With their leader effectively sidelined, The Beach Boys did what they could to maintain their status in the music world, post-”Good Vibrations.” This is where 50 Big Ones gets really interesting. I have described myself as something of a casual Beach Boys fan, and as such, I have never gotten very familiar with much of their post-Pet Sounds work. The second CD in the set contains representative tracks from quite a number of those later albums.

The title tracks of Wild Honey and Friends appear, as do a few from the aborted Smile sessions. From Smiley Smile we get “Heroes and Villains,” and from Surf’s Up comes the brilliant title song. There are also tracks from Sunflower, 20/20, Carl and the Passions “So Tough,” L.A. (Light Album), and 15 Big Ones. Another non-LP single is also featured, Leadbelly’s “Cotton Fields (the Cotton Song),” from 1970.

There is one album from this period which I think stands with the best of The Beach Boys’ catalog. It is Holland, released in 1973. “Sail On Sailor” was the single, with vocals by Blondie Chaplin. Also from Holland is the cool “California Saga (On My Way to Sunny Califor-i-a),” sung by Mike Love and Brian Wilson.

To mark their Golden Anniversary, The Beach Boys managed to put aside their differences (for a while at least), and recorded That’s Why God Made the Radio. It is without a doubt one of their finest sustained efforts, and the album reached number three on the Billboard 200 album chart. The title song made the remarkable claim of their having 50 years of hits a reality.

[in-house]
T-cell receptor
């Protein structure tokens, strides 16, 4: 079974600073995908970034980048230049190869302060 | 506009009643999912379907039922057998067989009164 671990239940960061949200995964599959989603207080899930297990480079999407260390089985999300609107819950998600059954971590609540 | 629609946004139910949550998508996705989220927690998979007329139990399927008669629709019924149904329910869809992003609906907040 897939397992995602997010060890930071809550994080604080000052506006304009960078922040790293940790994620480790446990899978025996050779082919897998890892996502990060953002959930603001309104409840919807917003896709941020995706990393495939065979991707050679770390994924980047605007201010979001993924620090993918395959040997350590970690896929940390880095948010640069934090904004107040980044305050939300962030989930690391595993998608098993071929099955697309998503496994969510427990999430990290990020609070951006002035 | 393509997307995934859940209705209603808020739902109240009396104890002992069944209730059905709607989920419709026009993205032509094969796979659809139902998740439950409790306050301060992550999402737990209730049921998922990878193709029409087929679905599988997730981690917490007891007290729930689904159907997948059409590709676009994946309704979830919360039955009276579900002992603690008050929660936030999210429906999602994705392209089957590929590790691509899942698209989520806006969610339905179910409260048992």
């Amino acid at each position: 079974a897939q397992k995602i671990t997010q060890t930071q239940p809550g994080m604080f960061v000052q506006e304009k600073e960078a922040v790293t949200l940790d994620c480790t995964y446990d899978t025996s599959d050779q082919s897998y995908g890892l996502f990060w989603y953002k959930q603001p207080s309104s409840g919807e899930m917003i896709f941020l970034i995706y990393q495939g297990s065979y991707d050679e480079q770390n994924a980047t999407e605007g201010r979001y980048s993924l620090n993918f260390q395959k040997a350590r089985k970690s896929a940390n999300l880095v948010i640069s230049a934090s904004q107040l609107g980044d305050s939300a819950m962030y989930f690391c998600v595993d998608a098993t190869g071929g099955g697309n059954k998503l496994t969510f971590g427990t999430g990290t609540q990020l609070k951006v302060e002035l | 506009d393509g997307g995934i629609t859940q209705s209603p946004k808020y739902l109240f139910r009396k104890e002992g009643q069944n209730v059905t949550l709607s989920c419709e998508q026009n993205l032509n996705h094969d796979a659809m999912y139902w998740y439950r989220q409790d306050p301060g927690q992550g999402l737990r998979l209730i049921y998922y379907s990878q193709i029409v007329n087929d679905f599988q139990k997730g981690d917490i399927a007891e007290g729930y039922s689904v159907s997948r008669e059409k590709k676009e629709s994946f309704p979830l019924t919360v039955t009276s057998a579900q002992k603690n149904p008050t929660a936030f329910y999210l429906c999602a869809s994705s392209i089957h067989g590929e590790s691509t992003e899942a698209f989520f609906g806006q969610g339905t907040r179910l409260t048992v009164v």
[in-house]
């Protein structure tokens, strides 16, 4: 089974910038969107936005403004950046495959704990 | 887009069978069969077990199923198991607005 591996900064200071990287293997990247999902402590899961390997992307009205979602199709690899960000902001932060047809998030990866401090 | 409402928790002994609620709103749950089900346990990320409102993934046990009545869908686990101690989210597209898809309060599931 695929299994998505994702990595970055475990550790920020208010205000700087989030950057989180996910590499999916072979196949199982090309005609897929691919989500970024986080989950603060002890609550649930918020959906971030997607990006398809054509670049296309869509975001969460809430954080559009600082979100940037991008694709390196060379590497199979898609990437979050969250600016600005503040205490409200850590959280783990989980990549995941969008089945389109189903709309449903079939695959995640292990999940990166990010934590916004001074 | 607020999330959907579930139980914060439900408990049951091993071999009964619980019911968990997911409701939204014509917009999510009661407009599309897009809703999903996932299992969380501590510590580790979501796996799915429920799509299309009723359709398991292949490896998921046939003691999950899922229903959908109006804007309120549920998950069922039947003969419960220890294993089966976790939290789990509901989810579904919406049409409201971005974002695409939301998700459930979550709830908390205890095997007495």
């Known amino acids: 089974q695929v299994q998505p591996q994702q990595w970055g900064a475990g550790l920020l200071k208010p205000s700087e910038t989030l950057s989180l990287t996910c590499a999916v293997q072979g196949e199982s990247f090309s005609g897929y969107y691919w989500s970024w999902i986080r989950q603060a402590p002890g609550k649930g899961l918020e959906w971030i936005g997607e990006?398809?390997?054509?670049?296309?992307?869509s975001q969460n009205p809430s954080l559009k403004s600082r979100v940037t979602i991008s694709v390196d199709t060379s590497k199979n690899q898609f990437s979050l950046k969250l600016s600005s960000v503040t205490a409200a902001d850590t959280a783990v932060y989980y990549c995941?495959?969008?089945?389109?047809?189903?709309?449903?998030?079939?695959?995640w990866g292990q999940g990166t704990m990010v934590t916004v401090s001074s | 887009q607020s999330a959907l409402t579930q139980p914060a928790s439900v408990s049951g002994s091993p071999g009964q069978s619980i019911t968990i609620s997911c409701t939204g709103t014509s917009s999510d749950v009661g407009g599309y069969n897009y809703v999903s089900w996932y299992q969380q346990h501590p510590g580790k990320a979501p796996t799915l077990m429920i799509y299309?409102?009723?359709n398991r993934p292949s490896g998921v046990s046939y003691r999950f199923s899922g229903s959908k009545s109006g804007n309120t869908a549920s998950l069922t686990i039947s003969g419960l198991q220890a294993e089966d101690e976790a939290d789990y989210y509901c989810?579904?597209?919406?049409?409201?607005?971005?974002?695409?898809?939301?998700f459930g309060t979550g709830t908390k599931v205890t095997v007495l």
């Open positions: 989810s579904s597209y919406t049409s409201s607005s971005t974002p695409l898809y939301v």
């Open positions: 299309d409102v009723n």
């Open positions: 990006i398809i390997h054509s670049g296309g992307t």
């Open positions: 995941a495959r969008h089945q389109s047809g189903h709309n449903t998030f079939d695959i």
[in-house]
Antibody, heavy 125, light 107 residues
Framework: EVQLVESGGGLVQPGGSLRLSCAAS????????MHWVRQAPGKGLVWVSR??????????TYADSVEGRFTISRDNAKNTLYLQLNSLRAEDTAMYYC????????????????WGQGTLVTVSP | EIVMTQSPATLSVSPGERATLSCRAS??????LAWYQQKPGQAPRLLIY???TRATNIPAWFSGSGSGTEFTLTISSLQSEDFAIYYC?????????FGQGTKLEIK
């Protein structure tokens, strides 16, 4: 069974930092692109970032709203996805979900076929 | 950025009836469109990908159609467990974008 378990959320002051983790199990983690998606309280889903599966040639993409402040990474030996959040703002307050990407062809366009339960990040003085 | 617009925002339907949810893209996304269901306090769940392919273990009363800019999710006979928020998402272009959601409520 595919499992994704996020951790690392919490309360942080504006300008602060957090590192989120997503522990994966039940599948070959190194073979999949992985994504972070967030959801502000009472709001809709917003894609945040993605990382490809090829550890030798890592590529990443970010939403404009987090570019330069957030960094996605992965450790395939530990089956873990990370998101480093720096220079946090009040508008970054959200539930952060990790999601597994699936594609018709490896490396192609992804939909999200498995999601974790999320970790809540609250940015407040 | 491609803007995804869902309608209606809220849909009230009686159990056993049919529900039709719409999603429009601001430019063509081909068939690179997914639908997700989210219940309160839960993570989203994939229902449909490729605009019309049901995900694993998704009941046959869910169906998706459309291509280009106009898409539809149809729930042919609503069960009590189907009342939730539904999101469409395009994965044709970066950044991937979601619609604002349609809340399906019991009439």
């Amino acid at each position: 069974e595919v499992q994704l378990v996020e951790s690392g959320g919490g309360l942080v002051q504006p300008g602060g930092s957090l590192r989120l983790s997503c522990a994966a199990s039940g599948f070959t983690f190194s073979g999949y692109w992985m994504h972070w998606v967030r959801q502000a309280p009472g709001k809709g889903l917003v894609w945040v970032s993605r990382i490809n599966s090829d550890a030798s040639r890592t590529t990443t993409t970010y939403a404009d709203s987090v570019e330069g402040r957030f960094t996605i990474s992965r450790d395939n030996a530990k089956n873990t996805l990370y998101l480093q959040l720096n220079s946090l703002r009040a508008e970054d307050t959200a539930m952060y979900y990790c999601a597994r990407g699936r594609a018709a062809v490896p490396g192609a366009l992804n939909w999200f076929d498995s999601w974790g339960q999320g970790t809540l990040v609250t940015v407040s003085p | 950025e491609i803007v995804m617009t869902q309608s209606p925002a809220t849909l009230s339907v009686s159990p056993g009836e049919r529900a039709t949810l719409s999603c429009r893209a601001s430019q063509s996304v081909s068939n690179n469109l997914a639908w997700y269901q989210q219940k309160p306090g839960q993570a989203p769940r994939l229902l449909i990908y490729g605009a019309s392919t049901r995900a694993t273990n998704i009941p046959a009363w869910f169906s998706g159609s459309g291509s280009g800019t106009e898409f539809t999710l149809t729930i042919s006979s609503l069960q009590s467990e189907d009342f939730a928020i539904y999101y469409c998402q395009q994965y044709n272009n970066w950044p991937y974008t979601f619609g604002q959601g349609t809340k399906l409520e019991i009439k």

As previously mentioned, the collection is not presented in strict chronological order. With that in mind, the compilation closes with what many consider The Beach Boys’ (and Brian Wilson’s) finest moment, “Good Vibrations.” I must say, the song still sounds amazing, and winds this compilation up on the perfect note.

As a self-professed old guy, I always choose the physical version of an album or collection over downloads, and this prejudice pays off nicely with 50 Big Ones. The discs are housed in a very sturdy box, similar to that of last year’s Smile Sessions. The booklet contains a nice essay from David Wild, and lists all the pertinent information about each track. Most impressive though are the seven black-and-white 4×4 photos, which look to have been shot around the time of Pet Sounds.

The songs of The Beach Boys have been collected on so many compilations over the years that I have lost count. Endless Summer is probably the most famous of these. It was so successful that it led to Rolling Stone naming them “Group of the Year” in 1974. What sets 50 Big Ones apart from the rest of the pack is the fact that it contains music from literally every period in their history, all the way up to 2012. If nothing else, the set is great for those who wish to briefly familiarize themselves with all aspects of their long and storied history. 50 Big Ones may not be definitive, but it certainly offers a great overview of this most American of bands.